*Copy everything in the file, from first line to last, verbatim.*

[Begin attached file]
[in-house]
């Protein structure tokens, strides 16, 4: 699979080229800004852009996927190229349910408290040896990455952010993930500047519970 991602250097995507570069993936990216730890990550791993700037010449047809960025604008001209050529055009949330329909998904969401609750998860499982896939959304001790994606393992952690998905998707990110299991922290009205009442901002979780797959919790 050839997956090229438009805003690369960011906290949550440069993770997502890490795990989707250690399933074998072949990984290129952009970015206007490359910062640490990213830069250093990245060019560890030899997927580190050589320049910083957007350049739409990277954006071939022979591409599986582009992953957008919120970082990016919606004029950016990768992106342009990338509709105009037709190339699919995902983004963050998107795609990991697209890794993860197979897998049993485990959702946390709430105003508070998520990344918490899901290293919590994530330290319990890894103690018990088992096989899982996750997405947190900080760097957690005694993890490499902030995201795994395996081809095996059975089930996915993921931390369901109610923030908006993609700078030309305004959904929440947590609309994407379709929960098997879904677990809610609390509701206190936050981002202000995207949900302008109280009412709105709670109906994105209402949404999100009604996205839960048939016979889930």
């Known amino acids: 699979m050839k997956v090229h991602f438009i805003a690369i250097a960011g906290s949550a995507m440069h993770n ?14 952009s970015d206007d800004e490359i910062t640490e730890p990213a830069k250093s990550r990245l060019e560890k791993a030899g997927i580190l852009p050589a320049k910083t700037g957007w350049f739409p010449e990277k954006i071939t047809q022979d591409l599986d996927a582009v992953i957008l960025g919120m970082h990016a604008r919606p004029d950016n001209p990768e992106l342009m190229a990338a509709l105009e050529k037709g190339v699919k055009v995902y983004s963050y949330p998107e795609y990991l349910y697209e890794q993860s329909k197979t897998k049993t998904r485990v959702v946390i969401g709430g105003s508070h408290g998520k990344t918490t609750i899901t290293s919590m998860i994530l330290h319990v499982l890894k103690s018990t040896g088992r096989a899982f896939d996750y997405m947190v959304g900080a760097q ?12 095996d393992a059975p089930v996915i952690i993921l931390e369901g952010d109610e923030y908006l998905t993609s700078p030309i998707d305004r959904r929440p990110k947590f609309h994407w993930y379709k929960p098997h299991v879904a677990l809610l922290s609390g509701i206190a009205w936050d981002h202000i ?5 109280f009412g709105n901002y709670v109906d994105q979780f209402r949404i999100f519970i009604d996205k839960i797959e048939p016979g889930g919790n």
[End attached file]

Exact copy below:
[in-house]
């Protein structure tokens, strides 16, 4: 699979080229800004852009996927190229349910408290040896990455952010993930500047519970 991602250097995507570069993936990216730890990550791993700037010449047809960025604008001209050529055009949330329909998904969401609750998860499982896939959304001790994606393992952690998905998707990110299991922290009205009442901002979780797959919790 050839997956090229438009805003690369960011906290949550440069993770997502890490795990989707250690399933074998072949990984290129952009970015206007490359910062640490990213830069250093990245060019560890030899997927580190050589320049910083957007350049739409990277954006071939022979591409599986582009992953957008919120970082990016919606004029950016990768992106342009990338509709105009037709190339699919995902983004963050998107795609990991697209890794993860197979897998049993485990959702946390709430105003508070998520990344918490899901290293919590994530330290319990890894103690018990088992096989899982996750997405947190900080760097957690005694993890490499902030995201795994395996081809095996059975089930996915993921931390369901109610923030908006993609700078030309305004959904929440947590609309994407379709929960098997879904677990809610609390509701206190936050981002202000995207949900302008109280009412709105709670109906994105209402949404999100009604996205839960048939016979889930």
């Known amino acids: 699979m050839k997956v090229h991602f438009i805003a690369i250097a960011g906290s949550a995507m440069h993770n ?14 952009s970015d206007d800004e490359i910062t640490e730890p990213a830069k250093s990550r990245l060019e560890k791993a030899g997927i580190l852009p050589a320049k910083t700037g957007w350049f739409p010449e990277k954006i071939t047809q022979d591409l599986d996927a582009v992953i957008l960025g919120m970082h990016a604008r919606p004029d950016n001209p990768e992106l342009m190229a990338a509709l105009e050529k037709g190339v699919k055009v995902y983004s963050y949330p998107e795609y990991l349910y697209e890794q993860s329909k197979t897998k049993t998904r485990v959702v946390i969401g709430g105003s508070h408290g998520k990344t918490t609750i899901t290293s919590m998860i994530l330290h319990v499982l890894k103690s018990t040896g088992r096989a899982f896939d996750y997405m947190v959304g900080a760097q ?12 095996d393992a059975p089930v996915i952690i993921l931390e369901g952010d109610e923030y908006l998905t993609s700078p030309i998707d305004r959904r929440p990110k947590f609309h994407w993930y379709k929960p098997h299991v879904a677990l809610l922290s609390g509701i206190a009205w936050d981002h202000i ?5 109280f009412g709105n901002y709670v109906d994105q979780f209402r949404i999100f519970i009604d996205k839960i797959e048939p016979g889930g919790n």